“I am big fan of green hydrogen, but the availability of green hydrogen cannot slow us down in the application. Blue hydrogen is there, and it’s at scale.”
Those were the words spoken by Gerrit Marx, CEO of IVECO and he presented in the Commercial Vehicles session at f-cell in Stuttgart, Germany, this afternoon.
With a focus on meeting the European CO2 emissions reduction targets for heavy-duty vehicles, Marx discussed the current availability of hydrogen and how he thinks the market will utilise such resources.
“Today’s hydrogen production is 95% grey, and that’s very bad,” he said. “We want to go to blue hydrogen, and then ideally green hydrogen, but at this moment in time, the vast majority is grey.”
“We are at the conviction that the broad base hydrogen applications across different industries, and predominately in our heavy-duty commercial vehicle segment, is going to be blue hydrogen.”
Talking to the audience, Marx explained that although blue hydrogen is not the perfect solution, it is most definitely a step in the right direction as companies much like IVECO try to advance zero emission solutions.
“It is not perfect, but I consider it also irresponsible to ask for the absolute perfect technology before we start,” he told the audience. “We have to go blue and we will go with compressed solutions in the blue side, before we step by step see more and more green hydrogen coming to market.”
“The fuel cell doesn’t have a colour code and we, as truck OEMs, need to get our metal on the road as fast as possible to gain experience and grow reliability in our electric powertrains.”
“Blue hydrogen is there. Green hydrogen needs ten times more energy than blue hydrogen, and in order to be quick and to do the right thing we need to start with something that is not perfect.”
Betting on hydrogen technologies
Next to take to the stage was Dr. Jan Kröng, Head of Strategy for Daimler Trucks. “We at Daimler Trucks have an ambition to deliver all CO2-neutral vehicles by 2039, supporting society to become CO2-free by 2050,” he enthused to the audience.
The second Daimler speaker of the day, Kröng focused on the company’s hydrogen and battery innovations and why Daimler is “betting on” the two technologies, as the company works to achieve its ambitious goals.
Kröng said, “The two technologies we believe in to support zero emission are electric trucks and hydrogen trucks. These are the only technologies that have the full potential at the end to be really zero emission, because they have the chance to produce green energy from green renewable resources.”
“Why are we betting on these technologies? That’s because we have different profiles of our customers. We have a very diverse portfolio in the trucking industry from short haul to long-haul, from construction to distribution.”
Talking about the company’s widely ranged product portfolio, Kröng discussed which technology are best suited to which vehicles, highlighting the advantage of hydrogen fuel cell technologies in long-hail transportation vehicles.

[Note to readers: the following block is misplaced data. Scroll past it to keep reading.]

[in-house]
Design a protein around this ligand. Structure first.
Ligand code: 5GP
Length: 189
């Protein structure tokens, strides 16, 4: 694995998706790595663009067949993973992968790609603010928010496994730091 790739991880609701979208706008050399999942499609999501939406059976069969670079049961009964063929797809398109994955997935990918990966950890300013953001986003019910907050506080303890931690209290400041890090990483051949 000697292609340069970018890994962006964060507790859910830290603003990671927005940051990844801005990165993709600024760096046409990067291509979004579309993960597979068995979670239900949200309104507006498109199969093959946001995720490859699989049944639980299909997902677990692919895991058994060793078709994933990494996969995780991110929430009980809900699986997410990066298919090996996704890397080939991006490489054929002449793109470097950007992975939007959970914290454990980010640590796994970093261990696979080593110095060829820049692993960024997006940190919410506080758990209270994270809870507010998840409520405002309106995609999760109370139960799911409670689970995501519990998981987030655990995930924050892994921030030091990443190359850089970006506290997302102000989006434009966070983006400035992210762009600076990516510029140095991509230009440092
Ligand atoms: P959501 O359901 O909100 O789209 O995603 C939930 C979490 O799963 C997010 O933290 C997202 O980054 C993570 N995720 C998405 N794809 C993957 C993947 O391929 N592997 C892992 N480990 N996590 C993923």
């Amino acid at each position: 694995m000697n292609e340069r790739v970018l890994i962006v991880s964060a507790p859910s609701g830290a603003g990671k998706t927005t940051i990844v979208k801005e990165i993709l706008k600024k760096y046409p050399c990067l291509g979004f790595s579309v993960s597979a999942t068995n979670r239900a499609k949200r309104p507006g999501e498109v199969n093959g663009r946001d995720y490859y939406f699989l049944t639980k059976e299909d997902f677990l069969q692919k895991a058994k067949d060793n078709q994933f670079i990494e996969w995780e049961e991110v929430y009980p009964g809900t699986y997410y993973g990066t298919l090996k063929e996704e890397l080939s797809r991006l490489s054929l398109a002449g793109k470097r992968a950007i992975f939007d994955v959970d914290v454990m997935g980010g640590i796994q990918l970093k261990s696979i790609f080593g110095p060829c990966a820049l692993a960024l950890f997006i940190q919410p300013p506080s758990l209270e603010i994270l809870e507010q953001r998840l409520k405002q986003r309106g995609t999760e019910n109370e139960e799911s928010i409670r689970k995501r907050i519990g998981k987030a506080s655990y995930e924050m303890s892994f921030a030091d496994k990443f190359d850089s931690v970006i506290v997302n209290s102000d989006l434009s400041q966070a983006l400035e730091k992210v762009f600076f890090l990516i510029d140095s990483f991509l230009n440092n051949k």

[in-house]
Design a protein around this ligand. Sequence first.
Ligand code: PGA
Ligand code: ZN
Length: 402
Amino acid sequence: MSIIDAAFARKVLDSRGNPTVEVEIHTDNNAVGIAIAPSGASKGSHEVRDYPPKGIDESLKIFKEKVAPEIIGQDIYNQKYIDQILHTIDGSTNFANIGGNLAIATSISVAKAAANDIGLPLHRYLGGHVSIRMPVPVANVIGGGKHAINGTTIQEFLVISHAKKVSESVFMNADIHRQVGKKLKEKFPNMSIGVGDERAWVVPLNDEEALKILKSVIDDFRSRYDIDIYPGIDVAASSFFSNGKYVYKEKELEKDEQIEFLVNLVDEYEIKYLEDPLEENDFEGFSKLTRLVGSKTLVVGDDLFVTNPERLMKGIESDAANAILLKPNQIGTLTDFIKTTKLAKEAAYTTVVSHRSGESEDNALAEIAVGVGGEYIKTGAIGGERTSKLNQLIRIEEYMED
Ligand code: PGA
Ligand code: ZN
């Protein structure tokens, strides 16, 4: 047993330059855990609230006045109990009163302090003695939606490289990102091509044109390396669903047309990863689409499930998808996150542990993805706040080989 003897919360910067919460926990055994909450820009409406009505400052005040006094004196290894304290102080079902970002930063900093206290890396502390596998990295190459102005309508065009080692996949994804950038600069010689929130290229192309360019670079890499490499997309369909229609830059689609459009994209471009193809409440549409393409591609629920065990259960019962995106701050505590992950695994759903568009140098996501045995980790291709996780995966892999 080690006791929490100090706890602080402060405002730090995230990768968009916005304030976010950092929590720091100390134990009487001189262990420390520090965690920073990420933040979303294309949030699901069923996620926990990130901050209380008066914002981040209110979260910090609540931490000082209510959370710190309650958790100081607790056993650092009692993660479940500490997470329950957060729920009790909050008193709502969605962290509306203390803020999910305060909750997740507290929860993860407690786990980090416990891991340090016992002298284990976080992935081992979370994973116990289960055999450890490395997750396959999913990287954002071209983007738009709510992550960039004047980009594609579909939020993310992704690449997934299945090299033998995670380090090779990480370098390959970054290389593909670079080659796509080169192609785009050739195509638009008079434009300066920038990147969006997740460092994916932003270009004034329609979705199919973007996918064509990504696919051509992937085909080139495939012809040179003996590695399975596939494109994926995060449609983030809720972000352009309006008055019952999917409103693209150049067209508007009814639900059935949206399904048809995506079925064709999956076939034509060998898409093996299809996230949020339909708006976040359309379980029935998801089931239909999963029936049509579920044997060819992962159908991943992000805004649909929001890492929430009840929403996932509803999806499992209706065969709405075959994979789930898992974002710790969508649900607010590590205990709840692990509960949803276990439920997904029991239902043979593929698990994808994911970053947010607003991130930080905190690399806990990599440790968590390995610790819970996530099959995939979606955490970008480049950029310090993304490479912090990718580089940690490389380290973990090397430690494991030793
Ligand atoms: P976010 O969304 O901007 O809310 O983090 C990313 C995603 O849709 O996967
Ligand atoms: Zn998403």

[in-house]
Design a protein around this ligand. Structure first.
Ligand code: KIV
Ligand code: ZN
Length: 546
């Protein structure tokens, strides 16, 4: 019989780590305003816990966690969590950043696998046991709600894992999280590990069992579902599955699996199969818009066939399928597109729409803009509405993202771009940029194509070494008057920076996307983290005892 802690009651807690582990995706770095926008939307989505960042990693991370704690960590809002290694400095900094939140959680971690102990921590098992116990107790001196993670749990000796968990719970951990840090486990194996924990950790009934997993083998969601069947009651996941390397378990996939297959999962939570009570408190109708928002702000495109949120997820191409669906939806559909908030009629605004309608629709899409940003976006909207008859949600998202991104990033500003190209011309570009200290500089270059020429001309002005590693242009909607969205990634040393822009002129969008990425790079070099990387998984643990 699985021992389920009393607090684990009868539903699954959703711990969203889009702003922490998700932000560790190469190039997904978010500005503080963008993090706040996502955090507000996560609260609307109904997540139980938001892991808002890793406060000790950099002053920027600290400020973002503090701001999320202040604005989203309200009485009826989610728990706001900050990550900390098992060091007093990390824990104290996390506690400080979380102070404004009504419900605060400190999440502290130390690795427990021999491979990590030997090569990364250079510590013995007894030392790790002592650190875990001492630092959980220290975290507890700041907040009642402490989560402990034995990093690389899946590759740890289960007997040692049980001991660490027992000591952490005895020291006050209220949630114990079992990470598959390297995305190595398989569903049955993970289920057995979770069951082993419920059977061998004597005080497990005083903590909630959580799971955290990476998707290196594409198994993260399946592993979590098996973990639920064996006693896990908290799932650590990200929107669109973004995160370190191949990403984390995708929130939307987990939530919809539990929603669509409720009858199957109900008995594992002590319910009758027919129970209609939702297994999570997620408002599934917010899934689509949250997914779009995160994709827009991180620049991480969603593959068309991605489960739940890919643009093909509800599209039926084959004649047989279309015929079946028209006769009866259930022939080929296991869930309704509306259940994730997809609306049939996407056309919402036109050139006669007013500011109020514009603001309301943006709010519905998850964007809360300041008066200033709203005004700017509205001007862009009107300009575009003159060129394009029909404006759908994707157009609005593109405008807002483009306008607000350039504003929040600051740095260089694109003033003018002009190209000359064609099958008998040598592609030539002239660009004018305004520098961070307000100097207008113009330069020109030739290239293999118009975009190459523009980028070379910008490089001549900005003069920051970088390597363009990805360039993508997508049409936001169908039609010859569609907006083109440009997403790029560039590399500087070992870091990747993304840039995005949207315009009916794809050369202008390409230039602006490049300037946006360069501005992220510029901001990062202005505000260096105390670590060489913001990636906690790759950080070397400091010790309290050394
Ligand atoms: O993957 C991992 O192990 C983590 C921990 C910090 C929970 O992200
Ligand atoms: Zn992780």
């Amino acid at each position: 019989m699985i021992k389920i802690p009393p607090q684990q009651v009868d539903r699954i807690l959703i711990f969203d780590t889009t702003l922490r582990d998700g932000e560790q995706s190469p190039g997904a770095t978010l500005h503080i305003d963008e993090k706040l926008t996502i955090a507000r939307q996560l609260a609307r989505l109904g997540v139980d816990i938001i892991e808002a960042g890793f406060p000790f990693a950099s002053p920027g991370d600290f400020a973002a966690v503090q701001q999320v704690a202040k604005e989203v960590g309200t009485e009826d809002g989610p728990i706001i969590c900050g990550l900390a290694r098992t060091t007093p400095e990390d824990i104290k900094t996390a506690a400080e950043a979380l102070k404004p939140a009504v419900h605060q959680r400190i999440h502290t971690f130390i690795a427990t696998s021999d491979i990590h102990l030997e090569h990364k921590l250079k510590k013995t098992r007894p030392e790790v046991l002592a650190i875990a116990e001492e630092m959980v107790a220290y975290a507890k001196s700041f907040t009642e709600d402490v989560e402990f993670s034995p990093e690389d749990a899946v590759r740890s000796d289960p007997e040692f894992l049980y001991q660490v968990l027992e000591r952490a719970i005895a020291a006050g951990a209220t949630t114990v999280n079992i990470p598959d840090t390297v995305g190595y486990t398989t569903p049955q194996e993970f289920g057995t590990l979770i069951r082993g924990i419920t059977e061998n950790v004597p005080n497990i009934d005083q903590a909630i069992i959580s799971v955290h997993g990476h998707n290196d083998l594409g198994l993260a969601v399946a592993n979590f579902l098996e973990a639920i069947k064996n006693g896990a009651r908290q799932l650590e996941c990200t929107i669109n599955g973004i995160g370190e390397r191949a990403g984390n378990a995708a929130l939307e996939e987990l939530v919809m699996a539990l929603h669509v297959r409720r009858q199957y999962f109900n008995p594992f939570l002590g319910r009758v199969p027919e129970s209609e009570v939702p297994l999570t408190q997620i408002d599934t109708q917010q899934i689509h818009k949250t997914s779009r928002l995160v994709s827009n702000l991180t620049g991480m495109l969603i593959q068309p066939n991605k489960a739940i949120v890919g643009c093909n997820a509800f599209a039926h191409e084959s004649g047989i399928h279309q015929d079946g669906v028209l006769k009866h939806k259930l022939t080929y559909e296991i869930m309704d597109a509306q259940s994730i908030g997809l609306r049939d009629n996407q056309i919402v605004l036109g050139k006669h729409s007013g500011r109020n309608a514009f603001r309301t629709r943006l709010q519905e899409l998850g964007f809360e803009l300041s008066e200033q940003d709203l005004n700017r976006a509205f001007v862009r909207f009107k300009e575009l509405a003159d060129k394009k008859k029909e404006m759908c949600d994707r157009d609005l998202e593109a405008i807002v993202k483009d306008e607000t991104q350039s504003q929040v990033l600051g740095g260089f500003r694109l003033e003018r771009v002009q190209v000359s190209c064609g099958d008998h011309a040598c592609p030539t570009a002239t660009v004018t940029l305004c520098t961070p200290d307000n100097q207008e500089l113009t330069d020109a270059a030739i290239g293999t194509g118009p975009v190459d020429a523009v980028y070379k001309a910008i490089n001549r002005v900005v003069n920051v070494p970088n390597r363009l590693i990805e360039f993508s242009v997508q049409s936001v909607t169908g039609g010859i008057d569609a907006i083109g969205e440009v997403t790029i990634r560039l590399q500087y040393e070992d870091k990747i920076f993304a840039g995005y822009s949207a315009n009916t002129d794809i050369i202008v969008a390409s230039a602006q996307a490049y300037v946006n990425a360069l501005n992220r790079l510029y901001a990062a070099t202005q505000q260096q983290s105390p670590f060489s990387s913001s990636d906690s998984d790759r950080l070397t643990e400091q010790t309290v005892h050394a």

“The good thing is at Daimler Trucks; the future has already started. We revealed two weeks ago our GENH2 Truck, our hydrogen truck, in Berlin. We are convinced it will lead this this segment [heavy-duty trucks] into the future.”
Read more: Mercedes-Benz GenH2 Truck revealed
After giving some more details about the GENH2 Truck, Kröng then went on to tell the audience more about Daimler’s joint venture with Volvo and it’s plans to cooperate with Rolls-Royce to develop fuel cell generators.
Accelerating the hydrogen transition with high utilisation commercial vehicles
Craig Knight, Co-Founder of hydrogen fuel cell vehicle company Hyzon Motors was last to speak in the Commercial Vehicles session, before attendees participated in a coffee break.
Welcoming the audience, Knight told attendees a little more about the company and its ambitions. “We see our mission very simply, as accelerating the energy transition,” he told f-cell attendees.
“Hyzon Motors are a US-based operation for the production and assembly of zero emission commercial vehicles. We have combined the experience of our partner company Horizon Fuel Cell in commercial vehicles, to create a commercial vehicle offering.”
“By working with hydrogen partners, we offer our hydrogen fuel cell vehicle, with a goal of achieving total cost of ownership (TCO) matching diesel vehicles within the next two to three years.”
Moving outside of the states, Knight then went on to tell the f-cell crowd about Hyzon Motor’s European joint venture with Holthausen Clean Technology in the Netherlands, through which Hyzon vehicles are being built in the Netherlands.
“The vehicles we are using to accelerate the hydrogen transition, or hydrogen revolution, are high utilisation, commercial vehicles,” he enthused.